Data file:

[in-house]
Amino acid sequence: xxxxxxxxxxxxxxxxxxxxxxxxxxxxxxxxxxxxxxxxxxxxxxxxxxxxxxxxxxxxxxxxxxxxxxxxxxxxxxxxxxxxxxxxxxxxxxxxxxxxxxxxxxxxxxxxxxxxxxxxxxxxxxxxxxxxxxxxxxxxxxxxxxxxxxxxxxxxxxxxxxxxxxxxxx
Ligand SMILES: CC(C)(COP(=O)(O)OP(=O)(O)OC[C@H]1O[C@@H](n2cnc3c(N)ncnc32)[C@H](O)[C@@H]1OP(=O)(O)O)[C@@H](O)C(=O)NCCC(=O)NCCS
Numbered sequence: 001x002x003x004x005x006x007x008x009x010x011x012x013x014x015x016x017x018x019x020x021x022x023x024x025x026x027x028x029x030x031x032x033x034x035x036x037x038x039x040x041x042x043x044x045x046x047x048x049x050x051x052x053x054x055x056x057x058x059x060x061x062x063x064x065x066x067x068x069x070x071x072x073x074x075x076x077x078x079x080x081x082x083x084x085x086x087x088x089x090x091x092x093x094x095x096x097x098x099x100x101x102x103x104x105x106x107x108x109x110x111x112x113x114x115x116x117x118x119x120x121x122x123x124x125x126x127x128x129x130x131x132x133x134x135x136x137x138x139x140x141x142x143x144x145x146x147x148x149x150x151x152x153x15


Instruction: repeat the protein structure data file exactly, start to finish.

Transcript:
[in-house]
Amino acid sequence: xxxxxxxxxxxxxxxxxxxxxxxxxxxxxxxxxxxxxxxxxxxxxxxxxxxxxxxxxxxxxxxxxxxxxxxxxxxxxxxxxxxxxxxxxxxxxxxxxxxxxxxxxxxxxxxxxxxxxxxxxxxxxxxxxxxxxxxxxxxxxxxxxxxxxxxxxxxxxxxxxxxxxxxxxx
Ligand SMILES: CC(C)(COP(=O)(O)OP(=O)(O)OC[C@H]1O[C@@H](n2cnc3c(N)ncnc32)[C@H](O)[C@@H]1OP(=O)(O)O)[C@@H](O)C(=O)NCCC(=O)NCCS
Numbered sequence: 001x002x003x004x005x006x007x008x009x010x011x012x013x014x015x016x017x018x019x020x021x022x023x024x025x026x027x028x029x030x031x032x033x034x035x036x037x038x039x040x041x042x043x044x045x046x047x048x049x050x051x052x053x054x055x056x057x058x059x060x061x062x063x064x065x066x067x068x069x070x071x072x073x074x075x076x077x078x079x080x081x082x083x084x085x086x087x088x089x090x091x092x093x094x095x096x097x098x099x100x101x102x103x104x105x106x107x108x109x110x111x112x113x114x115x116x117x118x119x120x121x122x123x124x125x126x127x128x129x130x131x132x133x134x135x136x137x138x139x140x141x142x143x144x145x146x147x148x149x150x151x152x153x15